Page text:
There is no such thing as “pure documentary.” While classified as “non-fiction,” documentaries ultimately form narratives depending on how the director chooses to cut the footage together. In The Last Time I Saw Macao, co-directors Joao Pedro Rodrigues and Joao Rui Guerra da Mata, conversely, draw attention to a fictional framework, a man searching for his troubled friend in Macao. However, this framework opens up to an honest documentary portrait of a city. Last Time I Saw Macao does indeed find a clever fashion in which to photograph its eponymous city, but sometimes lacks a certain ability to entertain.
The film begins with a rather compelling opening sequence. Transgendered woman Candy (Cindy Scrash, star of Rodrigues’ To Die Like A Man) lip-synchs to Jane Russell’s “You Kill Me” from Josef Von Sternbergh’s film Macao (1952) in a direct homage to both the film and the city (many references are made to Von Sternbergh’s film throughout). Behind her is a gate harboring orange tigers, almost neon in the dark. This sequence prefaces the film as if it is about to be a film noir, especially given the forthcoming backstory: an unseen Portuguese narrator comes to Macao after receiving an email from Candy, who tells him that she is in trouble with the wrong sort of people. Throughout the film, the narrator, remaining faceless, leaves unanswered voicemails and emails for Candy and searches for her all over the desolate city.
While this story is used as a sort of framing device, it is almost tangential to what appears onscreen, which is mostly like a series of postcards dedicated to the strange city. The film’s images are instead shadows of the narration – nary a person’s face is filmed and scuffles are heard when there are supposed to be fights – but you never quite see what’s narrated. This strange criminal world is a backdrop for this love letter to Macao, a city that has undergone the transition from Portuguese to Chinese rule, and that experienced a dual personality between being the “Las Vegas of the East” with its many casinos to the desolate outskirts of the city that seem to be inhabited with more stray dogs than people.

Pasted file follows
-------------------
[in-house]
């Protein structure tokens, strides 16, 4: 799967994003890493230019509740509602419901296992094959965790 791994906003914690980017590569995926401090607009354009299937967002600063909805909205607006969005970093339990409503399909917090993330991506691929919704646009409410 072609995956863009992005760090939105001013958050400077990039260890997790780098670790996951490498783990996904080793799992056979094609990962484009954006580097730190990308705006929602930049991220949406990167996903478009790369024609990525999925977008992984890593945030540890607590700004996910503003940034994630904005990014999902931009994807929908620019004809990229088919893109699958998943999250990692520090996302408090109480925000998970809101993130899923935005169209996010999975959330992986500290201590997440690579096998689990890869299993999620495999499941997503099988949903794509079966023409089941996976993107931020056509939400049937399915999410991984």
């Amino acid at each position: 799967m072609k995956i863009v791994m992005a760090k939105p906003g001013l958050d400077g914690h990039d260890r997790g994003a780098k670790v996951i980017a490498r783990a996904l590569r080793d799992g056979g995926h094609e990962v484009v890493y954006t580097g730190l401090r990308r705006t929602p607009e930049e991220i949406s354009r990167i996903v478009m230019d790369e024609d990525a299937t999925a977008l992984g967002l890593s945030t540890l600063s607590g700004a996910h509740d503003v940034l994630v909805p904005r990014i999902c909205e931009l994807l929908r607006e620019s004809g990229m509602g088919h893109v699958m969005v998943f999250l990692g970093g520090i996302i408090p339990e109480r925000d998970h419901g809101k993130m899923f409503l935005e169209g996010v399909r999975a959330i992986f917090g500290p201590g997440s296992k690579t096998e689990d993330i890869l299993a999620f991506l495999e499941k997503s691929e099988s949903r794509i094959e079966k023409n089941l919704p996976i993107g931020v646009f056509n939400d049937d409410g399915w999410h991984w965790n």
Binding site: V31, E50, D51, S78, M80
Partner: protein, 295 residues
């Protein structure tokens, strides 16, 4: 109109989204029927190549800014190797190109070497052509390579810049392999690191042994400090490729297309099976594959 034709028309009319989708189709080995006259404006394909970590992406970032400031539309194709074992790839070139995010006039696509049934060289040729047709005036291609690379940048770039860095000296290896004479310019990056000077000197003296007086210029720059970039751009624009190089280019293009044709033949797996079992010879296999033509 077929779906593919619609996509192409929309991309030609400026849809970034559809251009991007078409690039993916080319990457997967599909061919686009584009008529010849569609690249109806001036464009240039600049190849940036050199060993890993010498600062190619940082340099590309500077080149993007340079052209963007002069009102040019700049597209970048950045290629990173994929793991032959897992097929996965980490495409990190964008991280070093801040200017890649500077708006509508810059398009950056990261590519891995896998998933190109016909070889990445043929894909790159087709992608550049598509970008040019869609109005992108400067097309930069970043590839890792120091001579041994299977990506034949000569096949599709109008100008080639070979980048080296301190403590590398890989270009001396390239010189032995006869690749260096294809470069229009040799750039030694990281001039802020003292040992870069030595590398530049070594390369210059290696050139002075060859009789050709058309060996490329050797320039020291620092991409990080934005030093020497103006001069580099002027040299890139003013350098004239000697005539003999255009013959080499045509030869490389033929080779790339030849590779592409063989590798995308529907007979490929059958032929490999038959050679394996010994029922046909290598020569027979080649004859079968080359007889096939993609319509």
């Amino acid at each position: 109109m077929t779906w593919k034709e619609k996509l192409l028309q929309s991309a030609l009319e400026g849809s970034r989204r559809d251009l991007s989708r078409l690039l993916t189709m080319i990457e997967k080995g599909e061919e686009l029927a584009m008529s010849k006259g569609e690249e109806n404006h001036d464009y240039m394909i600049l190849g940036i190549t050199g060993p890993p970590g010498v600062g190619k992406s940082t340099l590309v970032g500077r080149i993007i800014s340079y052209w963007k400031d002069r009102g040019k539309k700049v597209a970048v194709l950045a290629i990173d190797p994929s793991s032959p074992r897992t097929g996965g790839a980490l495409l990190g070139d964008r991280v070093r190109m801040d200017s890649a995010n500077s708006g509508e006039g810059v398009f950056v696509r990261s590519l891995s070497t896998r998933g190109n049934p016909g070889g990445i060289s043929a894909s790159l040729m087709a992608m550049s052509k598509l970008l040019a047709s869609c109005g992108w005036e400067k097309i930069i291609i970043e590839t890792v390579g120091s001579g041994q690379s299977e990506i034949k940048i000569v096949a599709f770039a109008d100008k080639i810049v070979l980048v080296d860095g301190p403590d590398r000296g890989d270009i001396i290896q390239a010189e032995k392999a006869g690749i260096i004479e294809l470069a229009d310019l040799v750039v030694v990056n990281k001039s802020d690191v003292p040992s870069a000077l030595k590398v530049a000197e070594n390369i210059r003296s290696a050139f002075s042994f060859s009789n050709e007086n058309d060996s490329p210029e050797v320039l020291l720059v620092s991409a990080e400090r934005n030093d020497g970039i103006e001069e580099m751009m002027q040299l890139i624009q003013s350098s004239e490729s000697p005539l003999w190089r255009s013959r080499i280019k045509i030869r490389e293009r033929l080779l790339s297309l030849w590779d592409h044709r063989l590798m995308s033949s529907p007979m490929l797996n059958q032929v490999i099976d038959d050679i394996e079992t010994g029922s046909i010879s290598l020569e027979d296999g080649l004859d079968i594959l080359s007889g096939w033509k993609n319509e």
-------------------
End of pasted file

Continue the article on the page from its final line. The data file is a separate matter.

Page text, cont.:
Much of the film goes without narration at all, and is merely filmed stills of the city, complete with any ambient noises that the city brings forth.
The used-up Candy is almost a metaphor for the fading relics of its colonial Portuguese rule. She is Portuguese in a foreign land, and gets swallowed up by the seedy cracks and crevices of the city and its more unsavory elements. Like Candy, damaged and forgotten elements of the city’s history, like nearly abandoned Portuguese restaurants and piles of broken statues, are given extra attention by the camera to highlight the city’s history, as well as its disrepair.
The directors clearly never had the intention for their film to sell out multiplexes, and likewise, they don’t make the attempt here to create a film for entertainment purposes. This is definitely more of an artistic endeavor in the spirit of Chris Marker. It is a meditation on a place, driven by a first-person narration. Though it definitely would be more watchable if it were more of a narrative and not a travelogue. The film’s opening, for instance, is a double-edged sword in this way, because it makes you yearn for a pulpy film noir, and that is definitely not what this film is.
Nevertheless, the film does seem to succeed in what it sets out to do. The narrative pulls together the chronicle of Macao in a clever format, and the film is shot exquisitely, bringing out the faded beauty and seedy underbelly of the city with a certain reverence for what the city has been through. While this film will not likely please the masses, it is an achievement in blending documentary and fiction, as well as for photographing a city in such a great scope.
The Upside: The directors skillfully blend film noir, documentary, and travelogue – and paint Macao in a foreboding yet reverential light.
The Downside: The film’s overall “art film” status makes it a tough watch for entertainment’s sake.
On the Side: There was over 150 hours of footage shot in the process of making this film.